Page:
Canada is another place in North America where medical errors occur at a higher rate than some might like to admit, but as you’ll soon see, some Canadian hospitals are working hard to reduce the likelihood of errors.
Errors More Frequent During Surgical Procedures
In the best case scenarios, the worst mistakes any of us would encounter at a hospital might be related to a misspelled name on a patient chart, or an oversight in a scheduled time for a diagnostic test. However, as a 2008 study published in the Qual Saf Health Care journal found, about 40 to 50 percent of hospital-related errors are connected to surgical procedures, and might include objects left inside a person who’s had an incision and then been stitched up. For that reason, many hospitals have instituted checklists to help healthcare providers remember to thoroughly conclude a surgery without overlooking any final steps.
Insisting on Regular Reporting
Until the early 2000s, hospitals in Canada did not have a framework in place for reporting serious events that resulted in a patient’s severe injury or death. Saskatchewan and Quebec were among the first provinces to begin the practice of incident reporting, and other areas eventually followed suit. Although it’s a step in the right direction, there’s still a long way to go. Most Canadian hospitals are required to report events to the hospital board and the family members of affected persons, but even then it’s suspected these guidelines are not always followed. Quebec is one place in Canada that’s begun attempting to make reporting practices more regular, and properly cataloged. In 2011, hospitals in Quebec began tracking patient incidents through an online database. If you are in the US, see biggest hospital in us by size
Ontario’s Patient Safety Database
An organization called Health Safety Ontario has also begun publicly sharing indicators of hospital safety including hand washing compliance, hospital-based infection events, hospital mortality rates and steps that are taken to prevent surgical sites from becoming infected. This information is compiled and made available so potential patients can compare results across hospitals and see how Ontario as a whole ranks in hospital safety in contrast to other Canadian provinces.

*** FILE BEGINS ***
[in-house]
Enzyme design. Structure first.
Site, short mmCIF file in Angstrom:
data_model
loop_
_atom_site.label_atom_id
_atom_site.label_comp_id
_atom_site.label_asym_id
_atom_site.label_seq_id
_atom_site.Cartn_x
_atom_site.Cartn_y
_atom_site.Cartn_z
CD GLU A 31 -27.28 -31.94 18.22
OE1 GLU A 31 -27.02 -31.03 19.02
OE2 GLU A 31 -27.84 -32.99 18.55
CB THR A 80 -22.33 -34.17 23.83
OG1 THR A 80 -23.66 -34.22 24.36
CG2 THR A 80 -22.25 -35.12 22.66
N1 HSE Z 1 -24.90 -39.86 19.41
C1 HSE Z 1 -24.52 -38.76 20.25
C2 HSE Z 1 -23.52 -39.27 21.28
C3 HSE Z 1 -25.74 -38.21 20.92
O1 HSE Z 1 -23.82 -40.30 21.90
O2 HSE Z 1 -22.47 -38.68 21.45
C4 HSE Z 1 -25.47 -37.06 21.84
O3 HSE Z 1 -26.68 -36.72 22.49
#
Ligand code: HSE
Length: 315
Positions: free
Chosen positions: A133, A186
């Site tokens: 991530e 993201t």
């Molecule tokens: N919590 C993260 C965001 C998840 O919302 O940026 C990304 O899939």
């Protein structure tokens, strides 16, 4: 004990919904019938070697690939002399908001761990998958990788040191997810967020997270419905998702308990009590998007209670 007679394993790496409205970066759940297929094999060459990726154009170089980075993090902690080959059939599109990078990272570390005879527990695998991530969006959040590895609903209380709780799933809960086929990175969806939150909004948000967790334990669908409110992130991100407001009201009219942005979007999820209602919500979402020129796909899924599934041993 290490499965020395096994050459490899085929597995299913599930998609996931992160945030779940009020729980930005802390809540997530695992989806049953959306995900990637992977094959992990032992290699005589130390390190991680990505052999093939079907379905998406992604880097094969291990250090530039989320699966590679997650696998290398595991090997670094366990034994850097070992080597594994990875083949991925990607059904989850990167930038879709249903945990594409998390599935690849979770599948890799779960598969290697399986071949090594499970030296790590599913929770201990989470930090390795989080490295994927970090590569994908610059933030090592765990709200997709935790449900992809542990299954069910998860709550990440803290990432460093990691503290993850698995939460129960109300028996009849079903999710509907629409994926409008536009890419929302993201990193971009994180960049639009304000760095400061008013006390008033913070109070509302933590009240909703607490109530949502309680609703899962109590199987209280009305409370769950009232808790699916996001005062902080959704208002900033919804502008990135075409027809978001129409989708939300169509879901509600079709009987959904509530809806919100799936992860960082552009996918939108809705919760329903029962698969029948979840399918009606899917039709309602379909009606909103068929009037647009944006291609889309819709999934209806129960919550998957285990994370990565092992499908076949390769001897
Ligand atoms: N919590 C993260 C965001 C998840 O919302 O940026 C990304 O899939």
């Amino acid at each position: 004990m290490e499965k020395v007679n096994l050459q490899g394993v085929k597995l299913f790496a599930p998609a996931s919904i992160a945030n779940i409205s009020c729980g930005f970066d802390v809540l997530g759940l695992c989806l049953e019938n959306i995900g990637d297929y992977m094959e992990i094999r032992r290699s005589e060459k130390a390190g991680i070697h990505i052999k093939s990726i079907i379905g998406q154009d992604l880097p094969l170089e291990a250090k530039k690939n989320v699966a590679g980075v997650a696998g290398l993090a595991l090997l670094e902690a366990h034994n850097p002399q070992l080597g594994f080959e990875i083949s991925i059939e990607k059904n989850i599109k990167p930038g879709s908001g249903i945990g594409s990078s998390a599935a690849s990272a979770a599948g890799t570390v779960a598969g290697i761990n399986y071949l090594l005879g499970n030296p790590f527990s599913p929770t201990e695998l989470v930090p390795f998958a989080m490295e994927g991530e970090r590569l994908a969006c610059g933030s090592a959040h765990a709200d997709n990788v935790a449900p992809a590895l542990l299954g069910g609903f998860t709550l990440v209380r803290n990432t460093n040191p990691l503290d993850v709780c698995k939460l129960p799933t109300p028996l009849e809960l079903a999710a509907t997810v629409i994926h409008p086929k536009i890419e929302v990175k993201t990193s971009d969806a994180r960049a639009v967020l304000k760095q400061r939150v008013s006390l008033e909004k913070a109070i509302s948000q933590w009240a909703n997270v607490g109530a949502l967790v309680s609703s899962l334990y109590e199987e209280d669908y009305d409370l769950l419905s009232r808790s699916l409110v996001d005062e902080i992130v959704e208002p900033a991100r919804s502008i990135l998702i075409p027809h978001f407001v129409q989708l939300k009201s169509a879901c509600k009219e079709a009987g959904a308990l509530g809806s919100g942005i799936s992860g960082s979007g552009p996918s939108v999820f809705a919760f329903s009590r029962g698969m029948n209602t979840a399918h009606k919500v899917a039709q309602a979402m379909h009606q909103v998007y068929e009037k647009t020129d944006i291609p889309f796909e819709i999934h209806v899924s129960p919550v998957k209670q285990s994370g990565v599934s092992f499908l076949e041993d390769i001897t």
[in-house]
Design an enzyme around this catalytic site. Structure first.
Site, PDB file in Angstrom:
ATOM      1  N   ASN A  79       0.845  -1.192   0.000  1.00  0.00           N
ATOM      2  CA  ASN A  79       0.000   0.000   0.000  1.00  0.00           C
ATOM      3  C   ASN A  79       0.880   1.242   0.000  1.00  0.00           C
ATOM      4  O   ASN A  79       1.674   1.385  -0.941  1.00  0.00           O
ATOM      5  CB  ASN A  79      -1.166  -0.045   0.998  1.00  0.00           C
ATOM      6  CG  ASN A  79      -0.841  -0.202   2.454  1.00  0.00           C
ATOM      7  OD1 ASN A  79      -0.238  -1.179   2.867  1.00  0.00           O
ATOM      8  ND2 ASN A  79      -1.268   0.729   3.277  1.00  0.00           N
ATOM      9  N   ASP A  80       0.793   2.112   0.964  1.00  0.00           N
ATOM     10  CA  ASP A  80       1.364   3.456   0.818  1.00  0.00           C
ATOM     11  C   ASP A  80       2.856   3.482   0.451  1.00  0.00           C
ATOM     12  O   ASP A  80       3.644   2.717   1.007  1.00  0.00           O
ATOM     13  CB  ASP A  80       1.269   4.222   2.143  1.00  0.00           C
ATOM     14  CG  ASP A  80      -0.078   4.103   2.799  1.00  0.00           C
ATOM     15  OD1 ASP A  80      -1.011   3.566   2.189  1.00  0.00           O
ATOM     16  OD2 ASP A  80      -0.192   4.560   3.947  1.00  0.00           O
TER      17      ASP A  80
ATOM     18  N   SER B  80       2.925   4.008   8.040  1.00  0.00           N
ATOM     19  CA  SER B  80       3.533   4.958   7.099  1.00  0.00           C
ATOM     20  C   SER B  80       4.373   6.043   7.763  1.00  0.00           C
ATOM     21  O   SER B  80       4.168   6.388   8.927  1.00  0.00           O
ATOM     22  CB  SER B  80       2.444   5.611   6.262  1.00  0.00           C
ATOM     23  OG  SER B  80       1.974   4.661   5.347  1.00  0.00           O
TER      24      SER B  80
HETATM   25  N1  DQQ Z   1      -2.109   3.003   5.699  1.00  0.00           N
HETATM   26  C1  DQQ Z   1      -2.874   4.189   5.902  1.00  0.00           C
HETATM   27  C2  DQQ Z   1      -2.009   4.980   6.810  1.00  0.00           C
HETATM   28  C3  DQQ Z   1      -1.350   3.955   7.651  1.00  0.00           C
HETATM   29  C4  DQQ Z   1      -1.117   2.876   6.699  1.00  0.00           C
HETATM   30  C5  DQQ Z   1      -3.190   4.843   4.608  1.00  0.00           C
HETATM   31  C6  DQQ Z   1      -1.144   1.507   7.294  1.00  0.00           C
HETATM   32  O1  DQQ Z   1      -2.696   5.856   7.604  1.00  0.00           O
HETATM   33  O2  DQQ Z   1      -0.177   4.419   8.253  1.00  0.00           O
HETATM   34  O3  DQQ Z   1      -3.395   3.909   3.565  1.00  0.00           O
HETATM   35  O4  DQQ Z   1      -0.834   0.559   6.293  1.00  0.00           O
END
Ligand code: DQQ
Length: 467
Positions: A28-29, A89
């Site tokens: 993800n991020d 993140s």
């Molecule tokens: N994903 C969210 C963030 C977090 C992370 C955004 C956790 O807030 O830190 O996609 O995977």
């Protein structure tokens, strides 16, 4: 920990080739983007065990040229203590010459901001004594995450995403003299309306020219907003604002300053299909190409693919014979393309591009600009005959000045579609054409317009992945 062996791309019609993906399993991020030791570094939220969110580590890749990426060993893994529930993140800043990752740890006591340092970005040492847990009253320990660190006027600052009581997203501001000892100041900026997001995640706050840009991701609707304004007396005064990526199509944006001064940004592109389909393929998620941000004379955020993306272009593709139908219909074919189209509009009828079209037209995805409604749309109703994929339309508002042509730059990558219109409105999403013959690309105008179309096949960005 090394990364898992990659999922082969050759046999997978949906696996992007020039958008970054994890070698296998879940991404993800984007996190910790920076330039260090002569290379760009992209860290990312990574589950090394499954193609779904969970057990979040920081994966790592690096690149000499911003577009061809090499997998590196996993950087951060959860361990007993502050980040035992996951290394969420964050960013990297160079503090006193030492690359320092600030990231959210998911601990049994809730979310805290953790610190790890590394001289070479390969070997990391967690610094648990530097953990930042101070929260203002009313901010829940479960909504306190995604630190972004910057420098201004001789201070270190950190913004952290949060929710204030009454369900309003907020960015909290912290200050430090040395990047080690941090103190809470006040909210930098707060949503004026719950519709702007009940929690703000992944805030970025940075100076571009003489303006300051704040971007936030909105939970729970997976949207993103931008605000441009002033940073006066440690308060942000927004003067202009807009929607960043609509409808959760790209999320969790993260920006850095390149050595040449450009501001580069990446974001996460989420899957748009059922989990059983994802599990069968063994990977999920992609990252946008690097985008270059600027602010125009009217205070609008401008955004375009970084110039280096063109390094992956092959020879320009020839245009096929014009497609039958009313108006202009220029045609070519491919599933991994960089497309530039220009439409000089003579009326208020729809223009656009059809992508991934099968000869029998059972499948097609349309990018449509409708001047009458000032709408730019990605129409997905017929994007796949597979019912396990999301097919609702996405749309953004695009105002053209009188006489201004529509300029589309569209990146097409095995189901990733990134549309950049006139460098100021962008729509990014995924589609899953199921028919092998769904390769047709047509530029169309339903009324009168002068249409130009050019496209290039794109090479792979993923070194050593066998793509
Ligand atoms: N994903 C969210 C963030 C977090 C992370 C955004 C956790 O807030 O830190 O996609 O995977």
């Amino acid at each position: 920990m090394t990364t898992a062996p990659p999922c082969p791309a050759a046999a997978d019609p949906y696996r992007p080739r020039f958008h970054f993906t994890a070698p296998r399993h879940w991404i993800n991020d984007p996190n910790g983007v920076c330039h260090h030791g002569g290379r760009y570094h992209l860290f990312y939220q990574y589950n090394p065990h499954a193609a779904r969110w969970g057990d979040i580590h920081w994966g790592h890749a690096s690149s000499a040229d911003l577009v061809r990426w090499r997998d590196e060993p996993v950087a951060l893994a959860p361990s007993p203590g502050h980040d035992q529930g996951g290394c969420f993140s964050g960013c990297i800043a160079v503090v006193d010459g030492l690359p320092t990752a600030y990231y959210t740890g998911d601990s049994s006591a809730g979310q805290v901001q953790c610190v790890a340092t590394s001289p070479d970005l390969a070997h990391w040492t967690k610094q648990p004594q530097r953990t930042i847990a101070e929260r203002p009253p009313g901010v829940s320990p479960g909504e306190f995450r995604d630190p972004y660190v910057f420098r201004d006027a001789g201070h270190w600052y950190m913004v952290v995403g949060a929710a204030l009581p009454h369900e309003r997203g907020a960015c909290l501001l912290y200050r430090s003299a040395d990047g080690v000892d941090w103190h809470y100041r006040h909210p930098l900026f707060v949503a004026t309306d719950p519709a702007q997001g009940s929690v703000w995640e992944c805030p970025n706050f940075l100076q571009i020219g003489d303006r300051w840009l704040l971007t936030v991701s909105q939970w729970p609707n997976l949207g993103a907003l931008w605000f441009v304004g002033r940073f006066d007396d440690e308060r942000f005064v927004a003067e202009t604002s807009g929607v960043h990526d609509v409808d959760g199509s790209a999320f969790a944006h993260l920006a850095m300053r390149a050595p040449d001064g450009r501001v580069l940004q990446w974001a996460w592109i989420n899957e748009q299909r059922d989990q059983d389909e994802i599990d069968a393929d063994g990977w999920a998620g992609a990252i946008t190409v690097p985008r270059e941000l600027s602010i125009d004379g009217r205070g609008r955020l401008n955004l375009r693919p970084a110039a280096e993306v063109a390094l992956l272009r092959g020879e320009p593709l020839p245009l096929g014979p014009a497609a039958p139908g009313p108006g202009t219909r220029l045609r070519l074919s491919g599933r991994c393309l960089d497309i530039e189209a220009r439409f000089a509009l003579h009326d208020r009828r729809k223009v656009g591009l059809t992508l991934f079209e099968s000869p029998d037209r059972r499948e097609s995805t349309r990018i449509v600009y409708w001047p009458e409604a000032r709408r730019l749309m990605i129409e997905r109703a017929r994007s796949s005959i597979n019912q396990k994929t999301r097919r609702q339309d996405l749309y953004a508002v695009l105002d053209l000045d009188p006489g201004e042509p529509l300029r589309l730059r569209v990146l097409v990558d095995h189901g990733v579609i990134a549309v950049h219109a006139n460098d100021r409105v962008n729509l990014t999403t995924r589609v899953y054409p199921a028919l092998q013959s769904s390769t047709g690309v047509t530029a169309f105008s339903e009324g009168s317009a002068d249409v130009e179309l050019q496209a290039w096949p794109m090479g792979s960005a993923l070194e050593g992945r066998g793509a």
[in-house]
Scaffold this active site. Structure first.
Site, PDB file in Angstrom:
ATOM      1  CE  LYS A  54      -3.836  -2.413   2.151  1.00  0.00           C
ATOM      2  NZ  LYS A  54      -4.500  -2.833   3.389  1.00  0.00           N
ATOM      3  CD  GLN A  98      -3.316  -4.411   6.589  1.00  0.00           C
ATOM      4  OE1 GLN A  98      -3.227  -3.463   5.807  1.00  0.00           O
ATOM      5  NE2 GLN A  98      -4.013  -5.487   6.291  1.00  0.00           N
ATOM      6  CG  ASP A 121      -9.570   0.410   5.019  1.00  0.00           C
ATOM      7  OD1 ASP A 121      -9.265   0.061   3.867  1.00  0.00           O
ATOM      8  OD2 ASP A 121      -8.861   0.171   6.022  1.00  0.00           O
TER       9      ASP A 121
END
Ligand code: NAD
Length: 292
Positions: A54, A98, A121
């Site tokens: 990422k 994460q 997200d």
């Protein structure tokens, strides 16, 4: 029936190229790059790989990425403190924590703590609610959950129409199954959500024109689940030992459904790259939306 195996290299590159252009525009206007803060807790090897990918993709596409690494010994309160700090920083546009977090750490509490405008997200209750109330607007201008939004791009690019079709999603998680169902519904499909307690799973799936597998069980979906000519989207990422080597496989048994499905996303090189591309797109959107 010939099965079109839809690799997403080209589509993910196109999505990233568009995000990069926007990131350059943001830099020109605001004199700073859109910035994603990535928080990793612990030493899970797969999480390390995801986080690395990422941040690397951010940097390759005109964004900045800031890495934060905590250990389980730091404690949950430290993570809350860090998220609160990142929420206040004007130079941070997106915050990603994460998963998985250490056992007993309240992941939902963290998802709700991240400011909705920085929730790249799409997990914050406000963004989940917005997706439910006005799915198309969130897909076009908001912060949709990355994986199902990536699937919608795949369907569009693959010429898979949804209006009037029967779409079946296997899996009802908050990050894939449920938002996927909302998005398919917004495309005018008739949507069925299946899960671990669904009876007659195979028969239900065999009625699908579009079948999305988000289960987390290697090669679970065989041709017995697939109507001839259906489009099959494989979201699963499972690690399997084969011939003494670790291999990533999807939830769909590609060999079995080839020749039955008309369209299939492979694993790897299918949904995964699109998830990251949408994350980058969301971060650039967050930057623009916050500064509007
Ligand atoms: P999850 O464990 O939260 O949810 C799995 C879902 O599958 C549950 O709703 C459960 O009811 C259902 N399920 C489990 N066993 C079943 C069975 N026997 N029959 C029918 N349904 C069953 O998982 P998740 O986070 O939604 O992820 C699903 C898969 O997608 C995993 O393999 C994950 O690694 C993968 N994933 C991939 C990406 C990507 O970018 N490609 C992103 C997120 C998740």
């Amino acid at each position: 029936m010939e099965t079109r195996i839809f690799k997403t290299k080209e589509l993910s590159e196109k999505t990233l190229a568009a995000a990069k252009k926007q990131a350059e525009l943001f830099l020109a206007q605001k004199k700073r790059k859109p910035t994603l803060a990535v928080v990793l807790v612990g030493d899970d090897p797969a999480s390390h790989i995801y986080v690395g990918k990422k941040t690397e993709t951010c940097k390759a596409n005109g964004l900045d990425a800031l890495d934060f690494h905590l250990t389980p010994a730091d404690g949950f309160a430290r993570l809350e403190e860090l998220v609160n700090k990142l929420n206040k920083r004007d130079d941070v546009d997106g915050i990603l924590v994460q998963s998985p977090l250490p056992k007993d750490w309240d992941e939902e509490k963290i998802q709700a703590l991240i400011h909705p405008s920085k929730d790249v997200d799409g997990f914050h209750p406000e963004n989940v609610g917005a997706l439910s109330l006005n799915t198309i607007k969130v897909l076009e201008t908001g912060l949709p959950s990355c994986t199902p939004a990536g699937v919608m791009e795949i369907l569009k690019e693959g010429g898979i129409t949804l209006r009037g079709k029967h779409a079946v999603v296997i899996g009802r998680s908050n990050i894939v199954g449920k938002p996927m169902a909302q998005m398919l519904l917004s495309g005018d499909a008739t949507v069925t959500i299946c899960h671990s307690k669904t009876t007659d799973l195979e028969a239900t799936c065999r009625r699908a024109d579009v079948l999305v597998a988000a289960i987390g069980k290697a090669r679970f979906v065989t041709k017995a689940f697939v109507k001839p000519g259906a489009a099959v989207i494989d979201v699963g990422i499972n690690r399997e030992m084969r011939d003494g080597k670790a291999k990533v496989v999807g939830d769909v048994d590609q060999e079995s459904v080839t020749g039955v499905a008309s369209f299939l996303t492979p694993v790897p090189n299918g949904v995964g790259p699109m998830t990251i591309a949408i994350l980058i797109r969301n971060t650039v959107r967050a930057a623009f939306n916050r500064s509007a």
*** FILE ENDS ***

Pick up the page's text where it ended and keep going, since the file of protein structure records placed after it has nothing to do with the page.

Challenges Still Remain
As the examples above indicate, Canada is making an effort to reduce the occurrences of medical errors in hospitals. Although some provinces have made incident reporting mandatory, there are still suspicions reporting is not being performed properly, perhaps because people are unsure of which sorts of incidents must be reported, or are afraid of repercussions such as losing their jobs or being placed on probation. To help with the second factor, some hospitals have adopted “No blame, no shame” policies.
Further complicating this issue is the fact that statistics about the incidences of preventable death in Canada are difficult to pin down, outdated or both. For example, in 2004, the Canadian Medical Association Journal published a study which found that somewhere between 9,000 and 24,000 Canadians die annually from preventable medical deaths. Regardless of where that number stands in current times, it’ll be interesting to see if the strategies outlined above are as effective as many hope they will be.